Could Tinnitus be Causing that Ringing in Your Ears?
Have you ever experienced a constant ringing in your ears that you can't pinpoint the cause? It might be tinnitus ('tin-ni-tus) - the sensation of hearing a sound when no external sound is present. In most cases, tinnitus can be managed, but for some, it's a chronic condition that can affect sleep and everyday function. Fortunately, there are options to reduce its effects.
About 1 in 5 people experience the perception of noise or ringing in the ears. It's called tinnitus. Dr. Gayla Poling is the director of Diagnostic Audiology at Mayo Clinic. She says tinnitus can be perceived a myriad of ways: ringing, buzzing, whistling, a cracking, a chirping. But why?
"Ninety percent of those with tinnitus have hearing loss. So that's usually where we start as a source or a reason for the tinnitus."
Hearing loss can be age-related, come from a one-time exposure, or exposure to loud sounds over a lifetime. Poling says the tiny hairs in our inner ear may play a role.
"Those little hair cells in our inner ear are really delicate structures. That's what is actually damaged with noise exposure, or wear and tear on your ears across your life span. So those damaged hair cells, might be the reason or part of the cause for tinnitus for some."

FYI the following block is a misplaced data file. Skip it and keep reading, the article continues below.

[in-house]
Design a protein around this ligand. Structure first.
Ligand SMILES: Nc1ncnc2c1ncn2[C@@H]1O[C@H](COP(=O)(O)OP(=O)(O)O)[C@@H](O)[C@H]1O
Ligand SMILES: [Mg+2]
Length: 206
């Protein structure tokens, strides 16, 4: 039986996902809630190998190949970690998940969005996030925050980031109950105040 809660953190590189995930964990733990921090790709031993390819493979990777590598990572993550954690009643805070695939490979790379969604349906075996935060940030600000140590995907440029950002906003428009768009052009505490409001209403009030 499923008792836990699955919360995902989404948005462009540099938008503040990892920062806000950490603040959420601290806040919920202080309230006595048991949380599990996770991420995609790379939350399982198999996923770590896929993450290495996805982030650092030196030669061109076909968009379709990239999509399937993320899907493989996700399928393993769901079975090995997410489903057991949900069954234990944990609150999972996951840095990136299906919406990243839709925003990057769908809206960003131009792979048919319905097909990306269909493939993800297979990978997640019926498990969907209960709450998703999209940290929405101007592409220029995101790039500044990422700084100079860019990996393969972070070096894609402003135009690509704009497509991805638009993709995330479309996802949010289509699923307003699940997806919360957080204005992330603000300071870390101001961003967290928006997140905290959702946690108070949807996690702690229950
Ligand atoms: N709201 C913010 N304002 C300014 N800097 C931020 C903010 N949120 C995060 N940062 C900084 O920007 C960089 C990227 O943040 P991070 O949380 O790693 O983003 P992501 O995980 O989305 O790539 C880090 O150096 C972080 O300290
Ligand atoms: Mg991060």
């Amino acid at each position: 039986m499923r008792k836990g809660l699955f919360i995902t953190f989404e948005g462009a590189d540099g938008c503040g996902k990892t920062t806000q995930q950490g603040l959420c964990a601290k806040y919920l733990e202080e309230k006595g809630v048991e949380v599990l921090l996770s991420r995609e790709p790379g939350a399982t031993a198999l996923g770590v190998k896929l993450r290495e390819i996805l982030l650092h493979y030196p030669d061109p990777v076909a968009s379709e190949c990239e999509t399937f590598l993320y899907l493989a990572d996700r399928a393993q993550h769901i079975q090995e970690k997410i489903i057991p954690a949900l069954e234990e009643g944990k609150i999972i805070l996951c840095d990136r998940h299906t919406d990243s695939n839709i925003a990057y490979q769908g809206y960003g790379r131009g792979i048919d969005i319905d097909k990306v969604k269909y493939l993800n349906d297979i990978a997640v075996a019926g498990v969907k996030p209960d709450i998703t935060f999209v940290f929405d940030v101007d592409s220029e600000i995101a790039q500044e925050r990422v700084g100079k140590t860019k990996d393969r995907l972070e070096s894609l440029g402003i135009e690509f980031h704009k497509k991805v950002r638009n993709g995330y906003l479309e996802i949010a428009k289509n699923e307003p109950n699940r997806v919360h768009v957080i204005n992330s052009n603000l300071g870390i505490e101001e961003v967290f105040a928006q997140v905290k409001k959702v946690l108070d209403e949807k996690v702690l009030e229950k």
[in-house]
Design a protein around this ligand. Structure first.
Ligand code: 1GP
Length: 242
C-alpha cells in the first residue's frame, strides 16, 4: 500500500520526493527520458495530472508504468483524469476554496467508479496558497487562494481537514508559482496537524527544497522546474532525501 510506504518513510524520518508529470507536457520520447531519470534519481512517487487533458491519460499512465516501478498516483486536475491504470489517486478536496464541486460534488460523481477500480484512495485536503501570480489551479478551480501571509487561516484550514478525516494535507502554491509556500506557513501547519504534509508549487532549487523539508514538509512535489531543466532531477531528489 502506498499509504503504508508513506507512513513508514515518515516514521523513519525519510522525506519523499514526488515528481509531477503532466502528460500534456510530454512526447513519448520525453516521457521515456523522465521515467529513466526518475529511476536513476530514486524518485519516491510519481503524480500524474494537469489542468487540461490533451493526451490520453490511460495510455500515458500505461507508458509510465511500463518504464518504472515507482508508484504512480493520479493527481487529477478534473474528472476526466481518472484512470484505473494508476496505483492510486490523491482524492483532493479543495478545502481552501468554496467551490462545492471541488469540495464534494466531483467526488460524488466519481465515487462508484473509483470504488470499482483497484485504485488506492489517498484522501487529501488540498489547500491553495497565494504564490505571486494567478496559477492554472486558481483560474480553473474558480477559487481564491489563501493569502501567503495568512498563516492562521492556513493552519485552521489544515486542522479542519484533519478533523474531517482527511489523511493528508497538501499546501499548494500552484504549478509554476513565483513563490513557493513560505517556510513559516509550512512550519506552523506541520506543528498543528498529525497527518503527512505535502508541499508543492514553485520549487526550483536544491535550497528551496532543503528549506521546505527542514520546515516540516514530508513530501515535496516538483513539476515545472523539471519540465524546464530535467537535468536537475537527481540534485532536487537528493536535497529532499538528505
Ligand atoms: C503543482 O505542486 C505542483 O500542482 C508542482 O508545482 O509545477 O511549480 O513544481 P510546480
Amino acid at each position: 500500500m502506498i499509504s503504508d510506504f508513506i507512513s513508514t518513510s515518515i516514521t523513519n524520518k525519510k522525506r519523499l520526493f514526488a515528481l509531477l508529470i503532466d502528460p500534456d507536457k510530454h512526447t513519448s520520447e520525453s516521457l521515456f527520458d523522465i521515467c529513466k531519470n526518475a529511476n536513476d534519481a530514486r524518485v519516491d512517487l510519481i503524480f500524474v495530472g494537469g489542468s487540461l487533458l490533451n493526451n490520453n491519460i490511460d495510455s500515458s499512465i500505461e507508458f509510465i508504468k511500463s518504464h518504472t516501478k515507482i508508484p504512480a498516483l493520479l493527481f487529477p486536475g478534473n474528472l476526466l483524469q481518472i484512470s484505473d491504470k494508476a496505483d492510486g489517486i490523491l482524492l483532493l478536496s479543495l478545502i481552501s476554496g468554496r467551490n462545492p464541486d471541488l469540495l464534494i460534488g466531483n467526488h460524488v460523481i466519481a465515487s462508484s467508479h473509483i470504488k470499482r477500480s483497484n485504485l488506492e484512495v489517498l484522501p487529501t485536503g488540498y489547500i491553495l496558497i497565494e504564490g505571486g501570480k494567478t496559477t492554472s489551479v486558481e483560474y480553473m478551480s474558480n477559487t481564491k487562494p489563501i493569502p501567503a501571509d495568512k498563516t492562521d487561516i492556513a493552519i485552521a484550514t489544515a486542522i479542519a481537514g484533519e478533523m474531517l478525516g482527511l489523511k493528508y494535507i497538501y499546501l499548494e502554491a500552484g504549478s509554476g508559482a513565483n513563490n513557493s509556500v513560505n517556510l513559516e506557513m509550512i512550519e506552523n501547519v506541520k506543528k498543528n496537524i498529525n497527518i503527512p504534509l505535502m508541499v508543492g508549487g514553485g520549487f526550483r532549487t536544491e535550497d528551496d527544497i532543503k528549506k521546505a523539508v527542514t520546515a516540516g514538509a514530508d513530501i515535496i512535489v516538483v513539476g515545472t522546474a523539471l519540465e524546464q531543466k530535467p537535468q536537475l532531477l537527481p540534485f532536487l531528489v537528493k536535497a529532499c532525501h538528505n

Poling says there's no scientifically proven cure for tinnitus, but there are treatment and management options.
"That can be something as simple as getting a hearing aid to treating the hearing loss. And once you treat that, then you find that the tinnitus and the perception of that tinnitus is reduced."
Other options include using a sound generator or a fan at night. And then there are more advanced treatments.
"There's something called "tinnitus retraining therapy." There are more ear-level masking devices where you can hear sounds throughout the day, too, that are more distracting."
If ringing in your ears bothers you, start by seeing your health care provider for a hearing test.
Article originally appeared on Medical Xpress.
Please answer the question below to the best of your ability. After you choose your answer, the next question will appear. At the end of the survey, you will be provided with a score, and you may send this score to us so we may discuss any hearing loss issues you are having.
Are there situations in which you find it difficult to hear clearly?
Do you have to strain to understand conversations?
Do you have a problem hearing over the telephone?
Do you have trouble following a conversation when two or more people are talking at the same time?
Do you have trouble hearing conversations in a noisy background such as a restaurant or a group gathering?
Do you have dizziness, pain, or ringing in your ears?
Do family members or coworkers remark about you missing what has been said?
Do people complain that you turn the TV volume up too high?
Do you find it hard to hear someone when they talk in a soft voice or whisper?
Do you find understanding women and children particularly challenging?
You received a score of